A most extensive bleaching establishment was erected at Lleweni, in 1780, by the Rt. Hon. Thomas Fitzmaurice, who, in order to encourage his tenantry in Ireland, and to promote the national manufacture, received his rents in brown linen cloth, which was sent to this place to be bleached; and for this purpose he erected at an expense exceeding £20,000, one of the most complete and elegant structures of that kind in the kingdom, in which, under the immediate superintendence of the proprietor, more than four thousand pieces of Irish linen were bleached annually. After his decease, the works were carried on by some persons from Lancashire, for a few years; but this extensive concern has been discontinued, and the buildings have been taken down.
Lewis, S. (1833) A Topographical Dictionary of Wales, Volume 1
The linen manufacture was introduced into Sligo by the spirited exertions of Lord Shelburne, who, in 1749, brought thither a colony of weavers and settled them on his estate at Ballymote, then a thinly inhabited and almost uncultivated waste, whose population was employed solely in the herding of cattle. The death this nobleman for a time checked the progress of the manufacture, but it revived under the guidance of Mr Fitzmaurice, who, on succeeding to the estate, after having made himself practically acquainted with all the processes of the trade, superintended the establishment in person, and thus powerfully stimulated those engaged in it. Each weaver was provided with a cottage, half a rood ofland for a potato garden,and grass for a cow, thus affording him the means of subsistence for his family without allowing his time or thoughts to be distracted from his main business by the details of a small farm. This well-devised exertion gave a turn to the public mind throughout the country, and led to the establishment of the manufacture on a general scale, which flourished for many years. The manufacture of unions, a mixed fabric of linen and cotton, has been introduced and is carried on extensively. Mr Fitzmaurice also encouraged the erection of bleach-greens upon a large scale, and having built very extensive bleach-works near the town of Denbigh, in North Wales, he purchased the brown linens in every market of Sligo and the adjoining counties, and thus greatly benefited both Wales and Ireland. The linen trade is still the staple of the county, and though by no means so prosperous or extensive as formerly, a brisk trade in it is still carried on: the are four bleach-greens in full operation, finishing nearly 40,000 pieces annually, which are principally shipped for England and generally destined for the American markets. Coarse woolen cloths and friezes are made for domestic use, and a very extensive trade is carried on in the purchase of flannels, druggets, stockings, and other fabrics of Connaught manufacture. Merchants from many parts of Ireland, but particularly from Ulster, come to Sligo to meet the Connaught factors. The only other branches of trade, except as connected with the port of Sligo, are tanning, distilling, and brewing.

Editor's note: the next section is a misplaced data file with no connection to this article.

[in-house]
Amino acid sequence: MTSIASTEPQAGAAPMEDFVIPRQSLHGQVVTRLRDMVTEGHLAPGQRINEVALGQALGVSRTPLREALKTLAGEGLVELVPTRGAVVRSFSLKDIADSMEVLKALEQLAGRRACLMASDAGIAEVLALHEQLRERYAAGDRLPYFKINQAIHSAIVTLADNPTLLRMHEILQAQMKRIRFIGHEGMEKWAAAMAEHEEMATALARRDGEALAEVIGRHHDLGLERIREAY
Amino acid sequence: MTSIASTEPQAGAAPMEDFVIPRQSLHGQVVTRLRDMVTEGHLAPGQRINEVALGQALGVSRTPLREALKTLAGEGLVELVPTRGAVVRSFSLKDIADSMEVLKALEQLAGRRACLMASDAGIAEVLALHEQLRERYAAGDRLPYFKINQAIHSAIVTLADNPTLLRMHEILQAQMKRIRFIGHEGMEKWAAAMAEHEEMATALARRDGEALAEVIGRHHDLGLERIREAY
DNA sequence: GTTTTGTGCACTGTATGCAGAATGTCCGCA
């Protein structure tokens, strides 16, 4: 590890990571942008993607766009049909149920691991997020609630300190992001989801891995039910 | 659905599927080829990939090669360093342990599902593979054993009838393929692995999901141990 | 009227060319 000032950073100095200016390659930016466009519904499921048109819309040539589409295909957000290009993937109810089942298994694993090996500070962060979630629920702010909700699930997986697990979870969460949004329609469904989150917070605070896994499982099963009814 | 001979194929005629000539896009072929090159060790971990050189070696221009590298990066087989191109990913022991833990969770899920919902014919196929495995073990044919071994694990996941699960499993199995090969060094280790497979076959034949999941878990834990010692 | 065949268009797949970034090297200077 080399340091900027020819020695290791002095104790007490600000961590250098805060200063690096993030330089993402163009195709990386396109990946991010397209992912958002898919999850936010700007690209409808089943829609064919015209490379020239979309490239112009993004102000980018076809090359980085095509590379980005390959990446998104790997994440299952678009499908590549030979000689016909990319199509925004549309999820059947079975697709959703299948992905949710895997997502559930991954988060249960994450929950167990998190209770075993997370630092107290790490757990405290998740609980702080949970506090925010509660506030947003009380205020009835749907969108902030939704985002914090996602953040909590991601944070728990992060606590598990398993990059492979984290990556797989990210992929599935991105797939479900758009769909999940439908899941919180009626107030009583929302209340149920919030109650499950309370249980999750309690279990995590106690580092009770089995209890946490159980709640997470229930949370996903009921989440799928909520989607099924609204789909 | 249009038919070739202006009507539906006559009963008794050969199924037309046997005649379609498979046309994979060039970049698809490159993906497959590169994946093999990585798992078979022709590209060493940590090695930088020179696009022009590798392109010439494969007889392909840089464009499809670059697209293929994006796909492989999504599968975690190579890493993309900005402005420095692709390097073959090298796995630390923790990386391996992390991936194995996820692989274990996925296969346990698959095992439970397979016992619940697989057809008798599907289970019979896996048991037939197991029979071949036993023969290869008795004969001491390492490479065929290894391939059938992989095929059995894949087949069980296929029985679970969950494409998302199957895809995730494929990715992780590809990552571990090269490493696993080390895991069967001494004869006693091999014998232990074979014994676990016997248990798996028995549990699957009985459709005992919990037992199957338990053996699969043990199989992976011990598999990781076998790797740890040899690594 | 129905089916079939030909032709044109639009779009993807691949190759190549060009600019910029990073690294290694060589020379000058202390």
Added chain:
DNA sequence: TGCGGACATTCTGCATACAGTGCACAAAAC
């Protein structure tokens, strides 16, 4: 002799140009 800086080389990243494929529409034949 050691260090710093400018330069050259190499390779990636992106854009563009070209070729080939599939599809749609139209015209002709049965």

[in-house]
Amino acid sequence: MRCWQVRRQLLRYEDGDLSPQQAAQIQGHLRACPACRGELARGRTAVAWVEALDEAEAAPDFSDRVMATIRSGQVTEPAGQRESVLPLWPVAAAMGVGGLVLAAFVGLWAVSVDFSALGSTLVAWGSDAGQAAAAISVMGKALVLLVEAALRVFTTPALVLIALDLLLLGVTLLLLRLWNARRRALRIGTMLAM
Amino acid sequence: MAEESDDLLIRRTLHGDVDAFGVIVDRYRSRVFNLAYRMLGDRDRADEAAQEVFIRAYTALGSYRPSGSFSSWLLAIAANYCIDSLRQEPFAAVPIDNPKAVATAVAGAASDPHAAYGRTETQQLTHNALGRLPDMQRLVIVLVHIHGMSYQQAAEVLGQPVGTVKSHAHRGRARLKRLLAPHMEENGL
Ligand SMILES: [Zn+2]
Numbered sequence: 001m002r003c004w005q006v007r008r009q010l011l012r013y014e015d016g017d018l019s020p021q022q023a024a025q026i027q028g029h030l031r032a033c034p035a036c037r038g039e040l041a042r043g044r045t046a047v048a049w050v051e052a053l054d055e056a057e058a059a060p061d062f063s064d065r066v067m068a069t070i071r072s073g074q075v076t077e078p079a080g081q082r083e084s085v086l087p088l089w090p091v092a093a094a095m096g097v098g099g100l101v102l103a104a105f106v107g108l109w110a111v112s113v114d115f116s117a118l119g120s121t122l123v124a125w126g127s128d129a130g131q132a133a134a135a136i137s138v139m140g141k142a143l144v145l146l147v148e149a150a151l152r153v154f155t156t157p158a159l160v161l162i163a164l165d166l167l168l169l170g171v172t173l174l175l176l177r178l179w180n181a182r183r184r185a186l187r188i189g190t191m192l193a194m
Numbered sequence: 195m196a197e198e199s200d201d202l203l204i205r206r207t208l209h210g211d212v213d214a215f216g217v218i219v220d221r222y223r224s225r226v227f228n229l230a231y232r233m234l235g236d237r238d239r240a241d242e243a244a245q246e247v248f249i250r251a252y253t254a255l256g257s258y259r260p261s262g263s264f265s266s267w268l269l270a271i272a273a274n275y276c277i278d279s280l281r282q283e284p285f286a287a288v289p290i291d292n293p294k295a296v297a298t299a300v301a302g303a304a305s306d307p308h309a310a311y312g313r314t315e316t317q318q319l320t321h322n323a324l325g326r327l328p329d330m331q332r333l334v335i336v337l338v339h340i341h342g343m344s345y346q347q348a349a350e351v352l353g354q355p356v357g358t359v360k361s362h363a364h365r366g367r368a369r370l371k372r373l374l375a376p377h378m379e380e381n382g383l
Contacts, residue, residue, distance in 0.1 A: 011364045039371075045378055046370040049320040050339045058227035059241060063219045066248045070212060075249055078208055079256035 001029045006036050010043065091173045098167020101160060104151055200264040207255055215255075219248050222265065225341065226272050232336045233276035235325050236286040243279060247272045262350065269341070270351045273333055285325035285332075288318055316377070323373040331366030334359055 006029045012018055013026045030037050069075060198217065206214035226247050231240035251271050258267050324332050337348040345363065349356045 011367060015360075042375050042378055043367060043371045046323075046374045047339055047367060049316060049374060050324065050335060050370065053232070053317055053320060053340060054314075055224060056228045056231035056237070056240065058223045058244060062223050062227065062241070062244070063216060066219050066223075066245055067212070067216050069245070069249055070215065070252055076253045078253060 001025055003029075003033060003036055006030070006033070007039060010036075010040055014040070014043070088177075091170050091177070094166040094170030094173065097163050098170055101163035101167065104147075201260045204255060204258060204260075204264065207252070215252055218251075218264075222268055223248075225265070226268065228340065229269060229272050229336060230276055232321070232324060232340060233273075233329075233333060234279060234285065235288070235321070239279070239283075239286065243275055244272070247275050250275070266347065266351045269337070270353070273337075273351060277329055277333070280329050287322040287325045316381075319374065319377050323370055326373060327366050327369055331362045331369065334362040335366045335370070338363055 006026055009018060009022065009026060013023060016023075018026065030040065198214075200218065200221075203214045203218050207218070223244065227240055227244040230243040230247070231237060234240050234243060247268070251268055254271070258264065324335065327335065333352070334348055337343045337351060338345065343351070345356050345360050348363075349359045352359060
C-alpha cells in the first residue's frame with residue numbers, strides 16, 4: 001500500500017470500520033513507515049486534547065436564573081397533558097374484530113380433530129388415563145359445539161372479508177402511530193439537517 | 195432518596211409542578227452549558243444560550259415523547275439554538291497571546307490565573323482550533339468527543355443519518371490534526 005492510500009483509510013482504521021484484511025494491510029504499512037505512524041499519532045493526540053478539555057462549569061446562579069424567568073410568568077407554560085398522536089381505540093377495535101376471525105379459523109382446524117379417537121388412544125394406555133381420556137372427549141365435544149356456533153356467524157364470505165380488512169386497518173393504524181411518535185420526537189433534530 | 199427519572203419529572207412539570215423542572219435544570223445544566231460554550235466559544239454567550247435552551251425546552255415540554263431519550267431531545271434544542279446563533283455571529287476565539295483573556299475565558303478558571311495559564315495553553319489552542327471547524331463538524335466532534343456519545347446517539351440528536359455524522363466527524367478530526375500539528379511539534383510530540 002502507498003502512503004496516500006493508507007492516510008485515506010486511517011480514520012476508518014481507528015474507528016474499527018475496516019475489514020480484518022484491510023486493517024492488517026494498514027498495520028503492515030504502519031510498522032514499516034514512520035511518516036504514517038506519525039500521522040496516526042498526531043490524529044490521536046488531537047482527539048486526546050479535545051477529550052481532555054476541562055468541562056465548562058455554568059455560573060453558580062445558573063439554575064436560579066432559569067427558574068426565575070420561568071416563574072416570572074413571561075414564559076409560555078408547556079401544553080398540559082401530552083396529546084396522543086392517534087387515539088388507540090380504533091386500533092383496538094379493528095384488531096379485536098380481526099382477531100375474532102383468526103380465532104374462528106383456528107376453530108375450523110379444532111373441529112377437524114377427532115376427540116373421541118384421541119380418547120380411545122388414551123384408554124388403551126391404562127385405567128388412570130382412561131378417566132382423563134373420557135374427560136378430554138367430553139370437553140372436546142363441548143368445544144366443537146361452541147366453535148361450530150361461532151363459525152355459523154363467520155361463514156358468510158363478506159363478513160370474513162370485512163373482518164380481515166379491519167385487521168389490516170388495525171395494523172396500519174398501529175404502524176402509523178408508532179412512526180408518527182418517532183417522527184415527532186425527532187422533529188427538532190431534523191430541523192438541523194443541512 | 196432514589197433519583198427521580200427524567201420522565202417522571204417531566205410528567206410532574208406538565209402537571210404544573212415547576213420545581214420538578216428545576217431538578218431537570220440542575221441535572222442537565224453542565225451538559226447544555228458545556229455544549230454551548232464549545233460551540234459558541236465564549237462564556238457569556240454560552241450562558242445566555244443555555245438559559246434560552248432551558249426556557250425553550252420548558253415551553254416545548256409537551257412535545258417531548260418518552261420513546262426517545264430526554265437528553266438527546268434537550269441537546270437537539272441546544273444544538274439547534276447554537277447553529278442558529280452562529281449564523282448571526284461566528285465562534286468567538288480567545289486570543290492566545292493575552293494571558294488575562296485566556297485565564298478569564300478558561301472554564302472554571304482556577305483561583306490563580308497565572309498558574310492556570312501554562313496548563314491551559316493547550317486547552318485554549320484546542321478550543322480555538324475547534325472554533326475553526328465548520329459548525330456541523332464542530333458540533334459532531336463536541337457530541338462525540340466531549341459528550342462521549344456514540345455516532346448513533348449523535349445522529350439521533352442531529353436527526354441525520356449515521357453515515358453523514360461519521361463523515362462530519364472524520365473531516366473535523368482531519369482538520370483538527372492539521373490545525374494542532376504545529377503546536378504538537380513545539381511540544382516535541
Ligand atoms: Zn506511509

Lewis, S. (1837) A Topographical Dictionary of Ireland, Volume 1, p.566